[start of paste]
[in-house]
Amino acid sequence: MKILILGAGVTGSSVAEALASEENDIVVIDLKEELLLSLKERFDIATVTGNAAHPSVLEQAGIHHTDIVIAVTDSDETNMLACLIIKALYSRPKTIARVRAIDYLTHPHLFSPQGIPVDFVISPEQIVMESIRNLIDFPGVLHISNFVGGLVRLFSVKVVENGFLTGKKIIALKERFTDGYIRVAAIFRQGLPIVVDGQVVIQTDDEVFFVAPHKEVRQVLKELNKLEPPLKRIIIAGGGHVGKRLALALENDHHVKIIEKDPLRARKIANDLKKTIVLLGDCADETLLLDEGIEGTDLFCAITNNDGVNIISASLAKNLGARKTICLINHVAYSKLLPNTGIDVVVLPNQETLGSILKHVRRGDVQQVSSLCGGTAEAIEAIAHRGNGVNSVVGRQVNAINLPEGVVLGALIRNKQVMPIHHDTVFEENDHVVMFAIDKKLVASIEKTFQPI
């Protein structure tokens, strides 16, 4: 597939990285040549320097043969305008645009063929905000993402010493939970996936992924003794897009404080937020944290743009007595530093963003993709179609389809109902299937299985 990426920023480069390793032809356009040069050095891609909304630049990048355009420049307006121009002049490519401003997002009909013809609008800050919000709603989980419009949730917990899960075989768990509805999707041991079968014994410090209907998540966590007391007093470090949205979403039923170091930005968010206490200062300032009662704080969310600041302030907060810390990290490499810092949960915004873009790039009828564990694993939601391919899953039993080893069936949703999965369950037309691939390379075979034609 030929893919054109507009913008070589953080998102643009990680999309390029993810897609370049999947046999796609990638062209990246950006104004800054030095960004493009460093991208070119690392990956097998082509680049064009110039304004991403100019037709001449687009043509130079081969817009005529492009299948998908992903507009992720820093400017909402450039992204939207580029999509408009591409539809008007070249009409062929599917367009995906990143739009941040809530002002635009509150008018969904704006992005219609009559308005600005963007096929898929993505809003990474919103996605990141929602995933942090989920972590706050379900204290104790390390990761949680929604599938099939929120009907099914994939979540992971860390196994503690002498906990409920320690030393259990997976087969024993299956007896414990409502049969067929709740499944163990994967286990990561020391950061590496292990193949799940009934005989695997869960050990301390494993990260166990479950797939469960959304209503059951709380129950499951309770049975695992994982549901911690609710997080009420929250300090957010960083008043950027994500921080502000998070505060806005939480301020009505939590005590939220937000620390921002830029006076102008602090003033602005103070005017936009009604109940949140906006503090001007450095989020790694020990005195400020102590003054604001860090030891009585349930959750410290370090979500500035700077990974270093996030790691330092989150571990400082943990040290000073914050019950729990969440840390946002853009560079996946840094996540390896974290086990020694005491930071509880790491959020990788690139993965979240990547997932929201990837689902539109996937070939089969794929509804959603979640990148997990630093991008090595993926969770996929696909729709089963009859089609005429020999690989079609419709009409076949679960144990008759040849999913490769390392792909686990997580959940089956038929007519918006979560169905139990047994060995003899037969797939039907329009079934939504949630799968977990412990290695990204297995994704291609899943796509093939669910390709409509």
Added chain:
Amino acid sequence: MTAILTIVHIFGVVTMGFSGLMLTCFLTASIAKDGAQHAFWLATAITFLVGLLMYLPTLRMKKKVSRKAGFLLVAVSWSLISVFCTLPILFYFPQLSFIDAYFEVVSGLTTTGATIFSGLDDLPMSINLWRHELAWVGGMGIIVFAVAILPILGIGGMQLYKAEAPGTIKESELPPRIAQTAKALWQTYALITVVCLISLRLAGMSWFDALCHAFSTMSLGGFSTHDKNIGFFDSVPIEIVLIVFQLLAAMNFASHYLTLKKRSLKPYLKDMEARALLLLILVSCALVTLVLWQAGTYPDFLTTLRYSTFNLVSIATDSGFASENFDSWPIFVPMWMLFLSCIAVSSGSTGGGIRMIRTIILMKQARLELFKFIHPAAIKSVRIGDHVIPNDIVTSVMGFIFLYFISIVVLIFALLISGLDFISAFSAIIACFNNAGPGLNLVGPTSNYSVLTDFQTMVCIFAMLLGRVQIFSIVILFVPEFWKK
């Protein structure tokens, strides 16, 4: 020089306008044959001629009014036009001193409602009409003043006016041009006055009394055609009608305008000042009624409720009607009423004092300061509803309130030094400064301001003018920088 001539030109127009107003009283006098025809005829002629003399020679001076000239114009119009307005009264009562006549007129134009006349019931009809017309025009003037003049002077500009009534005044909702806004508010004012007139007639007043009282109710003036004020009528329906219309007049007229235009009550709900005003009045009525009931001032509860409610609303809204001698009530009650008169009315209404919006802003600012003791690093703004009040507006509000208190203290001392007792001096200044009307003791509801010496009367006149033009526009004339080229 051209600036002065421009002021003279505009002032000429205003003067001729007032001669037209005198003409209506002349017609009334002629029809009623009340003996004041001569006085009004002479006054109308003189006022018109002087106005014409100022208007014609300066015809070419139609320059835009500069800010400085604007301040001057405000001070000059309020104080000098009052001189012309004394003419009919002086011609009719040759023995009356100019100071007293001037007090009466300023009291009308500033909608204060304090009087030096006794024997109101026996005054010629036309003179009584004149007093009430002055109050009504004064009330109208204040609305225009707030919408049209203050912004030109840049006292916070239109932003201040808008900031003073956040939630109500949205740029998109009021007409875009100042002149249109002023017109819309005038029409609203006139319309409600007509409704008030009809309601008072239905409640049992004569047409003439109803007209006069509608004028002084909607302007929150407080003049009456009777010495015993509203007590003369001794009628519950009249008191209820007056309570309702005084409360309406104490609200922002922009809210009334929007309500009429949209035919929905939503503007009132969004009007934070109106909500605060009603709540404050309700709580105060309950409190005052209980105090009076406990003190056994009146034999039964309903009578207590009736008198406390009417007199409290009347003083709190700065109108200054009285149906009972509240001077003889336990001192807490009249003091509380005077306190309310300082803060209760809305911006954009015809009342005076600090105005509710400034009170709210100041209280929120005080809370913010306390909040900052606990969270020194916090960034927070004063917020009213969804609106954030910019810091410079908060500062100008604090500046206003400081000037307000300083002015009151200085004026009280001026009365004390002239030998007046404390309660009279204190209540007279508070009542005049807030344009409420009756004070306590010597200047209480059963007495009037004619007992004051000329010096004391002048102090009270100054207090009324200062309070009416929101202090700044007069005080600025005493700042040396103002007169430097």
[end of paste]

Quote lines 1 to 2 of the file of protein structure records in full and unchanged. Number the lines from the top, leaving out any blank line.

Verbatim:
[in-house]
Amino acid sequence: MKILILGAGVTGSSVAEALASEENDIVVIDLKEELLLSLKERFDIATVTGNAAHPSVLEQAGIHHTDIVIAVTDSDETNMLACLIIKALYSRPKTIARVRAIDYLTHPHLFSPQGIPVDFVISPEQIVMESIRNLIDFPGVLHISNFVGGLVRLFSVKVVENGFLTGKKIIALKERFTDGYIRVAAIFRQGLPIVVDGQVVIQTDDEVFFVAPHKEVRQVLKELNKLEPPLKRIIIAGGGHVGKRLALALENDHHVKIIEKDPLRARKIANDLKKTIVLLGDCADETLLLDEGIEGTDLFCAITNNDGVNIISASLAKNLGARKTICLINHVAYSKLLPNTGIDVVVLPNQETLGSILKHVRRGDVQQVSSLCGGTAEAIEAIAHRGNGVNSVVGRQVNAINLPEGVVLGALIRNKQVMPIHHDTVFEENDHVVMFAIDKKLVASIEKTFQPI